Doing a Research Higher Degree (like a PhD) is hard, but lots of people have succeeded and you can too. It’s easier if you understand how it works, this blog gives you the insider view.
Some workplaces and research cultures explicitly or implicitly run so that every conversation is actually a battle for airtime, and it’s common to try to sabotage other people’s chances. We should be working towards the exact opposite: energising, authentic, worthwhile, academic conversations. That’s what we love about getting together with our nerd pals.
What these students show is they see reading as an intelligence test. (To be fair, they probably learned this from school.) As a graduate student, they have been a ‘smart’ person all their life, but maybe now they are not smart, or not smart enough.
This is a very long read that takes a few paragraphs to get to the point. It’s a point other people are making all over
Thanks to Anuja Cabraal who asked this question! It’s about 2,500 words of answer, so this is absolutely a Definitive Guide. A few of the
All of this works because we start doing the work. By not delaying the real work through endless reading and procrastination, we start working towards our end goal, in ways that actually contribute to our goals. That is, we start making words on the page that can be added to and refined until you have enough good enough words to submit a passable PhD thesis.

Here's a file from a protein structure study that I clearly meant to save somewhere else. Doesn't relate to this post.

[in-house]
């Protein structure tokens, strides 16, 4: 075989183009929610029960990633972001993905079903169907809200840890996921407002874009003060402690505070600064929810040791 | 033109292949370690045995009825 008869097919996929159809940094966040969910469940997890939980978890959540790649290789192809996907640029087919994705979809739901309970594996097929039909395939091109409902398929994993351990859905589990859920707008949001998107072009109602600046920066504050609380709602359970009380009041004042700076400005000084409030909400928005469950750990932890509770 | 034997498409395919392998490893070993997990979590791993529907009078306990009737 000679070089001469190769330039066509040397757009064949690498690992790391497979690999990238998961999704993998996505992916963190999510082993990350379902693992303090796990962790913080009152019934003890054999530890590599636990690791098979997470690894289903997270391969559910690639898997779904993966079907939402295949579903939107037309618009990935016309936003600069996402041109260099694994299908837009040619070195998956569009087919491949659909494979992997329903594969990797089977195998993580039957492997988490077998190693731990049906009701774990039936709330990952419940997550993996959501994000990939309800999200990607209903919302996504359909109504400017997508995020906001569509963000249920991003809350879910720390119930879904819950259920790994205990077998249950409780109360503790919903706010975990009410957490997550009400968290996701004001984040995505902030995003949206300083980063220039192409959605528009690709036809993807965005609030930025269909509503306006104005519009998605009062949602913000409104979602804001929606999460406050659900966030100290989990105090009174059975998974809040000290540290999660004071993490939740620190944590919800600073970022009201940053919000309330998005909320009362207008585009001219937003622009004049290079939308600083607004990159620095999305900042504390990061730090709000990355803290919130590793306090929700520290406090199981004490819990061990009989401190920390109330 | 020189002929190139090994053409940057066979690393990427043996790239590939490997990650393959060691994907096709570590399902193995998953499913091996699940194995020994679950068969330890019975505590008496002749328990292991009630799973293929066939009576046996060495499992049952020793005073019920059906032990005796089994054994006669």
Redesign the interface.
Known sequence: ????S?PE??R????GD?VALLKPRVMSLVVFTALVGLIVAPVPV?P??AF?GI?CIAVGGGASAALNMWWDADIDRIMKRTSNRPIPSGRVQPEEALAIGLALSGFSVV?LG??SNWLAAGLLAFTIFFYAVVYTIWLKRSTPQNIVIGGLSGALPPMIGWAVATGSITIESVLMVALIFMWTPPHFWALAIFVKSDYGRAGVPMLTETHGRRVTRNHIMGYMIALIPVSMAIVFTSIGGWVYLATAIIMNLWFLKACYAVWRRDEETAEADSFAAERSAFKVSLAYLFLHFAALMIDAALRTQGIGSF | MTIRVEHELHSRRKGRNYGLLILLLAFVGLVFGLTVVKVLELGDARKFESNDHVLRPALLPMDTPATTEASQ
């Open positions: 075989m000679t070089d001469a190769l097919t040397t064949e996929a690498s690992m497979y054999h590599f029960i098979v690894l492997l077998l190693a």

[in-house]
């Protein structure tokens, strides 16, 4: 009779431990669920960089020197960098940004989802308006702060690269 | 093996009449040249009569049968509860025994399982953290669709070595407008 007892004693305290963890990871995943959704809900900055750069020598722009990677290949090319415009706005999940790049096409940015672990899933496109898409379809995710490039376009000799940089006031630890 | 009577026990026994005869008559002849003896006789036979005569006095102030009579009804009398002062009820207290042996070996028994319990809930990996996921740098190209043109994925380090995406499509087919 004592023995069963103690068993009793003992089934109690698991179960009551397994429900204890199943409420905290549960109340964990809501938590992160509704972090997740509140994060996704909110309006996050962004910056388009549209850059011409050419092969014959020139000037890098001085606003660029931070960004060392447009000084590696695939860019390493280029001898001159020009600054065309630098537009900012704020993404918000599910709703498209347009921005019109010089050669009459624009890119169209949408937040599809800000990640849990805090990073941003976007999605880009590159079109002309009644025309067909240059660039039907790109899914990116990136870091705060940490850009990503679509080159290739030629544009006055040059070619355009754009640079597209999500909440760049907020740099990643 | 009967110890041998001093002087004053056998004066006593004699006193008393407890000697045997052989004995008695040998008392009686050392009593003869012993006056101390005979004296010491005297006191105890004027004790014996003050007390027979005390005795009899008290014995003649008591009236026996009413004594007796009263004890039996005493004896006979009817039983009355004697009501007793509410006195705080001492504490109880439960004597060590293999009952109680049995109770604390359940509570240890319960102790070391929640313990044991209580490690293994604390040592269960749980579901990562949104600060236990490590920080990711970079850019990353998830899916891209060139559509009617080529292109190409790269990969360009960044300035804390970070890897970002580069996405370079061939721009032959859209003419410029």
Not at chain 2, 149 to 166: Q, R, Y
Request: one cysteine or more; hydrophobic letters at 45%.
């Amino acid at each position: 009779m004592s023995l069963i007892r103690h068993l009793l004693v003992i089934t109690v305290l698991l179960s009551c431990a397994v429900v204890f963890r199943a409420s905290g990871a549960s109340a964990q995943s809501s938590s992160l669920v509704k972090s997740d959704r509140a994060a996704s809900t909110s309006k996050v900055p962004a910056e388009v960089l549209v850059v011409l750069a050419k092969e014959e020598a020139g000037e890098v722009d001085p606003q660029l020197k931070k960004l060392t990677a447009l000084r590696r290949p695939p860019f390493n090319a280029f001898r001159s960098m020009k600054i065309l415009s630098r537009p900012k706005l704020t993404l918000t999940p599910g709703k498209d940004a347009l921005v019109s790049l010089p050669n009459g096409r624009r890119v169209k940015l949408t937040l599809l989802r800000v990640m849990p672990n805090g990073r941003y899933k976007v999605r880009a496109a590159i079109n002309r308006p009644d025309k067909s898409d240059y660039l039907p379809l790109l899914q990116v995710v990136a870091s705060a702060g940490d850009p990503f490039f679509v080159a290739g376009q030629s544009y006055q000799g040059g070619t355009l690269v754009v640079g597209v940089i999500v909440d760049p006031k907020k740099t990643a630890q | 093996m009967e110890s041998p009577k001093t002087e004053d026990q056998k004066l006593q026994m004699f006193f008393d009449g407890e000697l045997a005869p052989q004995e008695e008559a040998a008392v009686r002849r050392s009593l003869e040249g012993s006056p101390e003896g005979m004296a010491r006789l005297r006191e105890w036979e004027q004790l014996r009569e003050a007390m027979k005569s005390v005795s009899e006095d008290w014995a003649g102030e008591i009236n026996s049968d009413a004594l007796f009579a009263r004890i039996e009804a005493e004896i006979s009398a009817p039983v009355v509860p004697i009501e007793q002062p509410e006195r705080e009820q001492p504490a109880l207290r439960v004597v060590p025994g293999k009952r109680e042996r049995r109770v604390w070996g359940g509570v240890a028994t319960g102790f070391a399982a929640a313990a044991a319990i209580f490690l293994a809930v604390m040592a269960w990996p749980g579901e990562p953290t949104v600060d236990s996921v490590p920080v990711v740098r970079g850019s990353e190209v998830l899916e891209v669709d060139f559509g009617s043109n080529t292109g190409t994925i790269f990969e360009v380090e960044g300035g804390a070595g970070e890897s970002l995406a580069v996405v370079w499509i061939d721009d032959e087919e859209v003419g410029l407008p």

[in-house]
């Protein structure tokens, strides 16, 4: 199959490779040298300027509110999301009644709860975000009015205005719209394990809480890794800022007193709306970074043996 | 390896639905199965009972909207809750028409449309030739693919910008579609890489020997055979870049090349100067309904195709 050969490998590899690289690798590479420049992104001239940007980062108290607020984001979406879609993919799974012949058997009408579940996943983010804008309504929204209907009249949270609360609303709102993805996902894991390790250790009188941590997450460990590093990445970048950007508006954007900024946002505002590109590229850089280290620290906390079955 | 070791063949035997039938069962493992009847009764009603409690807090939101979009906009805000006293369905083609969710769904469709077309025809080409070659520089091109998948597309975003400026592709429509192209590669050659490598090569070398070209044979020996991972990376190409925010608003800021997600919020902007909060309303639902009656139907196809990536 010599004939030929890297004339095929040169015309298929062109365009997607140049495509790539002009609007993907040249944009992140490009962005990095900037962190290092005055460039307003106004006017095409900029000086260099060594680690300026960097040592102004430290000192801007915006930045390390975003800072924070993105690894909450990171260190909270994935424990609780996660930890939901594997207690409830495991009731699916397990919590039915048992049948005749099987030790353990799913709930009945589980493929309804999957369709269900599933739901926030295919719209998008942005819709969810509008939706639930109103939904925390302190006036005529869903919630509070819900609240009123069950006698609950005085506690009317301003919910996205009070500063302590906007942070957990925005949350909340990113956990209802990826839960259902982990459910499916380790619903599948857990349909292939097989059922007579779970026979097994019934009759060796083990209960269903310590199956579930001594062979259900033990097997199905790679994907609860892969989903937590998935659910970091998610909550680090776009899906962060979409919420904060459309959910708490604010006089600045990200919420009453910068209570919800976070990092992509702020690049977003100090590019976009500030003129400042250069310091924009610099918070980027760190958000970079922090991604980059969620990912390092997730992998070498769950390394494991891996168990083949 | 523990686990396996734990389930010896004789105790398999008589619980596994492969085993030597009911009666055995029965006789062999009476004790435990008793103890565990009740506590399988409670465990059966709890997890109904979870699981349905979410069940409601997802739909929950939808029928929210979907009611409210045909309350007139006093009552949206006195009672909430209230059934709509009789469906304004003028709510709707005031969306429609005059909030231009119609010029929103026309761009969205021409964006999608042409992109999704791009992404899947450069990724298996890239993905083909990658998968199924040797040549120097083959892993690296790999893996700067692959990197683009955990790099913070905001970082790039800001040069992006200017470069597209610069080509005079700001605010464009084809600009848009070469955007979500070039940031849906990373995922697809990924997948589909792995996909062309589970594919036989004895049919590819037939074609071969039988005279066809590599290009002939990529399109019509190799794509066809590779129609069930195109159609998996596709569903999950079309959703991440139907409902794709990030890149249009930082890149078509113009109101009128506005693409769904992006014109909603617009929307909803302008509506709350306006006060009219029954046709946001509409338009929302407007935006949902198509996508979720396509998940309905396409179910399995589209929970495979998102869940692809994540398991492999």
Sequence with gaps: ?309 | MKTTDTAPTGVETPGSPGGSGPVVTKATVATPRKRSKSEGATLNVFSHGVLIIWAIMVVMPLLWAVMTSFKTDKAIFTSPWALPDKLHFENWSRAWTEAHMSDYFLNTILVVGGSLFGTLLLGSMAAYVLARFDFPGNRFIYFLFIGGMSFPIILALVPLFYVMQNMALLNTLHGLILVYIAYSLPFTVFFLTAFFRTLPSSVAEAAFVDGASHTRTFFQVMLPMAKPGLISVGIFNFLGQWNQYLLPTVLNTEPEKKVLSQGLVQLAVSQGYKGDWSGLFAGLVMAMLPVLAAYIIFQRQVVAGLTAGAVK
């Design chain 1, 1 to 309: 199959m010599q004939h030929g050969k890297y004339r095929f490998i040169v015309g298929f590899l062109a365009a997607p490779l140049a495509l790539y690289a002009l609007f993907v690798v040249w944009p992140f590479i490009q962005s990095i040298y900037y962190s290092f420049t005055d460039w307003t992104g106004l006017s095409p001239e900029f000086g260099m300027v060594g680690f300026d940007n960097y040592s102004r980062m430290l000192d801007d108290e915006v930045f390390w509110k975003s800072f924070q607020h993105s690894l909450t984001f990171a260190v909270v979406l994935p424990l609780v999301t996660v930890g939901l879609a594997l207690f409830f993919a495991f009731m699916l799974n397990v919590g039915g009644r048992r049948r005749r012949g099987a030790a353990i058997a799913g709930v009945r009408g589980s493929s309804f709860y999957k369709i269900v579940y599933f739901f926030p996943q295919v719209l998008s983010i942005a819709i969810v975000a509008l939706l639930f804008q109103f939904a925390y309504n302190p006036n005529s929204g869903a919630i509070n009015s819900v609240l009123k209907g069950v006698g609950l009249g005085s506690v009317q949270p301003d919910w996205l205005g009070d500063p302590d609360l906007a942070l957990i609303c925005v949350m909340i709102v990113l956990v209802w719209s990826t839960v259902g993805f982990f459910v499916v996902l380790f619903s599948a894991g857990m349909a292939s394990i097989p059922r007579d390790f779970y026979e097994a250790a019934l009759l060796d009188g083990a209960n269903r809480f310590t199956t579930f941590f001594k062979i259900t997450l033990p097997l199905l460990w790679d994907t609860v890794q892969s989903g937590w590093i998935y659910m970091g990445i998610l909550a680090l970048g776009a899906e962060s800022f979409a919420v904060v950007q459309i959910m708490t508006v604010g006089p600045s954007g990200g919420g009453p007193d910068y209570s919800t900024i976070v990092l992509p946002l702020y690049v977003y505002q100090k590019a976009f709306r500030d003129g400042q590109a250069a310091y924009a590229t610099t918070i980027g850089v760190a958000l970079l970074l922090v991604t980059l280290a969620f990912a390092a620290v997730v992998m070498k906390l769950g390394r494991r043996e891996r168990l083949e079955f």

For more insider tips, techniques and insights, check out my books.
Level Up Your Essays is the essential guide to essay writing for university students. Written by the people who mark your essays, it will show you step-by-step how to write high-quality essays that will get you top marks.
The ‘Insider Guides to Success in Academia’ offers support and practical advice to doctoral students and early-career researchers. These neat pocket guides fill specific and significant gaps in current literature.
This clear and accessible guide to decoding academic feedback will help you interpret what your lecturer or research supervisor is really trying to tell you about your writing – and show you how to fix it.